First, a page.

Neil O’Donnell, a small farmer from Donegal, Ireland, where the crops had failed for years, came to the United States in 1882 and landed at Castle Garden at the Battery in New York City along with countless others looking for work and a home.
Castle Garden 1880s
Among my boyhood memories, I remember sitting in the summer on the front porch with the old man in the picture above with a pipe in his mouth. “Allo Bye,” he would shout out to passers-by in a thick Irish brogue. His sight was failing, but once the passer-by was known a lively conversation began about families, friends, the weather and everything else going on in close-knit Bayonne.
Neil died in 1942. I remember kneeling with my family, friends and neighbors outside his room next to the kitchen saying the Rosary as he was dying. I was at his big funeral at St. Mary’s church. Irish funerals were always big then, but this one was special I felt. A patriarch had died.
Neil didn’t look far for a job or a home when he got off the boat at Castle Garden. From the Staten Island Ferry, near the docks at St. George, you can still see today oil tanks at Constable Hook on the western shore of the harbor in Bayonne, NJ. In Neil’s day this was The Standard Oil Company of New Jersey, but for him then it was “Hughie Sharkey’s oil works” where he got the job he held all his working life. Hughie Sharkey was the guy who got Neil and Irishmen like him a job.
Neil married Sarah Givens, also from Donegal. They had six kids, four boys and two girls. Sarah died after the last was born and Neil brought his sister Mary out from Ireland to take care of the kids, but unfortunately she died shortly afterwards too.
“We made our way up in the world,” my mother often said. From a small house on 19th Street in Bayonne, they made their way to a two decker house on the Boulevard about a half-mile away. The first three kids had a minimal education, but the last three got more. My mother was the first to graduate from high school; the last two boys were sent to the Jesuit St. Peter’s High School in Jersey City. One became a priest, the other a New Jersey State Trooper.
A close immigrant family in a solidly Catholic neighborhood, the O’Donnells took care of each other and watched out for their neighbors too. Regularly, they brought others out from Ireland and helped them find jobs and homes of their own. They remembered where they came from.
With all our talk about immigrants these days, I think of Neil, the small farmer from Donegal where crops were failing, who found in America a job and a place to raise a family. His hours were long and his work was tough. The Standard Oil Company of New Jersey fiercely resisted workers’ demands for unionization and better working conditions in his day; in fact, it hired strike breakers to squash workers’ protests. My mother remembered when she was a girl a terrible day some workers were shot and killed near their home. But Neil and his boys working at the Hook never missed a day.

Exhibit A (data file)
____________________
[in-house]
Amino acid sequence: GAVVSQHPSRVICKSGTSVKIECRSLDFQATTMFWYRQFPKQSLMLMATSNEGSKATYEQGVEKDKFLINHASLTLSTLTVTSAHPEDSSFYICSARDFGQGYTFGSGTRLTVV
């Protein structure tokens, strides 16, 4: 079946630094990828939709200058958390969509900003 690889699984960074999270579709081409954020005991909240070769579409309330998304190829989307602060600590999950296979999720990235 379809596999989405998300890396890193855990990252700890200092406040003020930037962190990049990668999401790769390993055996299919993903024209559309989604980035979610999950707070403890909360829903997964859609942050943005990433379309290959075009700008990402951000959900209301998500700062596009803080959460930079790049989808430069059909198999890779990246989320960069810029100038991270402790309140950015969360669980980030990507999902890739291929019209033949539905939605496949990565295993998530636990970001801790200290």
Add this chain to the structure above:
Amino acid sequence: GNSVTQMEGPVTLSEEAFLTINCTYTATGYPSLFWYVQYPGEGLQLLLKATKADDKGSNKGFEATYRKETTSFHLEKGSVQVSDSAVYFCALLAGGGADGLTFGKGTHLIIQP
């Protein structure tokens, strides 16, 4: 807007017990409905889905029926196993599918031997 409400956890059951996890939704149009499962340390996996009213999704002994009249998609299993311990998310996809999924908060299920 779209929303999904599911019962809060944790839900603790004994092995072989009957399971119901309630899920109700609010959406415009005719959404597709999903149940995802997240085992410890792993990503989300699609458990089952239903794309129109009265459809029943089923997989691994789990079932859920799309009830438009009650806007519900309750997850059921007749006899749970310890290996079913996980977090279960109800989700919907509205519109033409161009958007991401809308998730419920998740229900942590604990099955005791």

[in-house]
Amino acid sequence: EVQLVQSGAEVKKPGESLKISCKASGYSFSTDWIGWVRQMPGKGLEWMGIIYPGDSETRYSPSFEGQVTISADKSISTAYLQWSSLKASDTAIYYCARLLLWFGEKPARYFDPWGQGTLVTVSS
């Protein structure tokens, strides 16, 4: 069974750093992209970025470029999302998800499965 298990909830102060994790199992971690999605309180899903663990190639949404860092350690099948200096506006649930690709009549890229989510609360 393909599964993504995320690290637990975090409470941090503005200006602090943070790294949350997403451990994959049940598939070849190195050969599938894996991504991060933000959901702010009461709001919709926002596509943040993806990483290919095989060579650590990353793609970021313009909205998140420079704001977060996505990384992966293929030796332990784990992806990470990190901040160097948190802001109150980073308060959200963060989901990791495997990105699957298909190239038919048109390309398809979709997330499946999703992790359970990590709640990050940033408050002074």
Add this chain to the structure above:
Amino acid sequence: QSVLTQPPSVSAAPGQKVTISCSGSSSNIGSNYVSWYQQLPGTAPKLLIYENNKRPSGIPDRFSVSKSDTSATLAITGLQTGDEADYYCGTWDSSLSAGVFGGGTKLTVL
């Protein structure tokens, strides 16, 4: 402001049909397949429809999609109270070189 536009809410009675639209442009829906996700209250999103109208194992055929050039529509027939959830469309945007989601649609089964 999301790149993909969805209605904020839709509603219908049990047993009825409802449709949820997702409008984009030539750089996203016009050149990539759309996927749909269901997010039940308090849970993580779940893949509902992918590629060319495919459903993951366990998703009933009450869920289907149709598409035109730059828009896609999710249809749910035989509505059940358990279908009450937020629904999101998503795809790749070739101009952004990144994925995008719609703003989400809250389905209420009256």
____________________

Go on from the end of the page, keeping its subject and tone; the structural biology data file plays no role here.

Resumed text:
They never missed church either. With simple unquestioning faith they prayed at St. Mary’s church on 14th. St. They reverenced the priests and sisters there; they were especially fond of the Passionists priests who preached and served the parishes of Hudson County from their monastery in nearby Union City. Faith was never a small part of their lives.
Neil could scarcely read when he came to this country, my mother said, and one thing he wanted was to read the Bayonne Times like everyone else. She taught him how to read. I remember the old man, newspaper in hand, bent on getting the news of the day, like everyone else.
Not everyone in America appreciated Neil and immigrants like him, however. Nativist sentiments affected much of the country then as large numbers of foreigners, especially Irish Catholics, came to our shores. To some they brought poverty, disease and crime to America. Laws were proposed advocating literacy requirements and denial of voting rights to them. Catholics were denied jobs and access to political offices. Neil would never have made it here if the Know-Nothings and nativists had their way.
We celebrate our country’s generosity and openness to the world; but we can’t forget the ugly side of our history. You can see it here in some Nativist broadsheets and cartoons from the time, voices Neil must have heard. They’re still with us today in more subtler forms.
Among the anti-immigrant material I found, I came upon one that made me stop and wonder some more. In the 1880s the United States was pushing China for access to her markets. We wanted free ports and free trade with that land and demanded she take down her walls.
At the same time, Chinese laborers were entering our country, chiefly the west coast, to work on the railroads. They were cheap labor, competing with the Irish, the Italians and other immigrants for jobs. In 1882 Congress prohibited Chinese laborers from entering the country.
A Punch cartoon from that time saw the irony of the situation. We demand walls be pulled down and put up walls ourselves. Look carefully, though, at who brings the bricks for our wall. Immigrants like the Irish and others who came here, often not welcomed themselves.
I wonder what Neil would say about this? I wonder what his descendants are saying about immigration today? We who come from an immigrant church.